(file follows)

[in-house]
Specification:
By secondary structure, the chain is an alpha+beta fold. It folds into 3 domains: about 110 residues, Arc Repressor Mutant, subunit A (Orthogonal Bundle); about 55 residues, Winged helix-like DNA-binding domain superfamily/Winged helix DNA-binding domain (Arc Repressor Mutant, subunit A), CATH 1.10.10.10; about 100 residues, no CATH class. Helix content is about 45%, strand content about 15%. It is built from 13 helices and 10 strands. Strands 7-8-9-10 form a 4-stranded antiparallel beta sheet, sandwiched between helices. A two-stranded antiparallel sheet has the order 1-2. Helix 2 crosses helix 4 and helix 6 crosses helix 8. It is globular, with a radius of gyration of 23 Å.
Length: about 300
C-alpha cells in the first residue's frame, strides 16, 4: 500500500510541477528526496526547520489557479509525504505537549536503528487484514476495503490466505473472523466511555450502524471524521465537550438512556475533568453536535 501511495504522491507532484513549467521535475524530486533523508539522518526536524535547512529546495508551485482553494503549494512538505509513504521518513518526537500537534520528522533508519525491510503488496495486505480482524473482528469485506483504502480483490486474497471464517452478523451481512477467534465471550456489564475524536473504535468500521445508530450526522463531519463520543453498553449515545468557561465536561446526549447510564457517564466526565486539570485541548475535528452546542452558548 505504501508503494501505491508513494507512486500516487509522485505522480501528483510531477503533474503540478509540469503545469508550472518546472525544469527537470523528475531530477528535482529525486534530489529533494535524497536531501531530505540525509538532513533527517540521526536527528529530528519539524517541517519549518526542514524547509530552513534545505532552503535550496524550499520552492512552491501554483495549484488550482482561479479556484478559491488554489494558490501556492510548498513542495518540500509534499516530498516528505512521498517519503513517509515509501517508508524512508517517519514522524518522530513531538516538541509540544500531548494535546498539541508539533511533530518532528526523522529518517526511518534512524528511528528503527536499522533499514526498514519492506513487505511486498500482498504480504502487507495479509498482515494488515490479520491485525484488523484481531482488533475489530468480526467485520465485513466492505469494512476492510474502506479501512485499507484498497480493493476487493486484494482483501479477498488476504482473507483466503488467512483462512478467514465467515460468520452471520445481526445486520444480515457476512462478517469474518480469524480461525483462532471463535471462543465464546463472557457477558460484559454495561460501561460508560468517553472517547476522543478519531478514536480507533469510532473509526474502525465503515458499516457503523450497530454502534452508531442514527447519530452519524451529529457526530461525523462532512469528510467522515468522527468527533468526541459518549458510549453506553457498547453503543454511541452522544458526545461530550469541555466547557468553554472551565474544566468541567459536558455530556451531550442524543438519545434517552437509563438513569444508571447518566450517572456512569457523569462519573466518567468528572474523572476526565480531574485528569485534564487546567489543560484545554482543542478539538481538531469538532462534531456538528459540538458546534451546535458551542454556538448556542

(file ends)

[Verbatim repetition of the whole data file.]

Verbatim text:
[in-house]
Specification:
By secondary structure, the chain is an alpha+beta fold. It folds into 3 domains: about 110 residues, Arc Repressor Mutant, subunit A (Orthogonal Bundle); about 55 residues, Winged helix-like DNA-binding domain superfamily/Winged helix DNA-binding domain (Arc Repressor Mutant, subunit A), CATH 1.10.10.10; about 100 residues, no CATH class. Helix content is about 45%, strand content about 15%. It is built from 13 helices and 10 strands. Strands 7-8-9-10 form a 4-stranded antiparallel beta sheet, sandwiched between helices. A two-stranded antiparallel sheet has the order 1-2. Helix 2 crosses helix 4 and helix 6 crosses helix 8. It is globular, with a radius of gyration of 23 Å.
Length: about 300
C-alpha cells in the first residue's frame, strides 16, 4: 500500500510541477528526496526547520489557479509525504505537549536503528487484514476495503490466505473472523466511555450502524471524521465537550438512556475533568453536535 501511495504522491507532484513549467521535475524530486533523508539522518526536524535547512529546495508551485482553494503549494512538505509513504521518513518526537500537534520528522533508519525491510503488496495486505480482524473482528469485506483504502480483490486474497471464517452478523451481512477467534465471550456489564475524536473504535468500521445508530450526522463531519463520543453498553449515545468557561465536561446526549447510564457517564466526565486539570485541548475535528452546542452558548 505504501508503494501505491508513494507512486500516487509522485505522480501528483510531477503533474503540478509540469503545469508550472518546472525544469527537470523528475531530477528535482529525486534530489529533494535524497536531501531530505540525509538532513533527517540521526536527528529530528519539524517541517519549518526542514524547509530552513534545505532552503535550496524550499520552492512552491501554483495549484488550482482561479479556484478559491488554489494558490501556492510548498513542495518540500509534499516530498516528505512521498517519503513517509515509501517508508524512508517517519514522524518522530513531538516538541509540544500531548494535546498539541508539533511533530518532528526523522529518517526511518534512524528511528528503527536499522533499514526498514519492506513487505511486498500482498504480504502487507495479509498482515494488515490479520491485525484488523484481531482488533475489530468480526467485520465485513466492505469494512476492510474502506479501512485499507484498497480493493476487493486484494482483501479477498488476504482473507483466503488467512483462512478467514465467515460468520452471520445481526445486520444480515457476512462478517469474518480469524480461525483462532471463535471462543465464546463472557457477558460484559454495561460501561460508560468517553472517547476522543478519531478514536480507533469510532473509526474502525465503515458499516457503523450497530454502534452508531442514527447519530452519524451529529457526530461525523462532512469528510467522515468522527468527533468526541459518549458510549453506553457498547453503543454511541452522544458526545461530550469541555466547557468553554472551565474544566468541567459536558455530556451531550442524543438519545434517552437509563438513569444508571447518566450517572456512569457523569462519573466518567468528572474523572476526565480531574485528569485534564487546567489543560484545554482543542478539538481538531469538532462534531456538528459540538458546534451546535458551542454556538448556542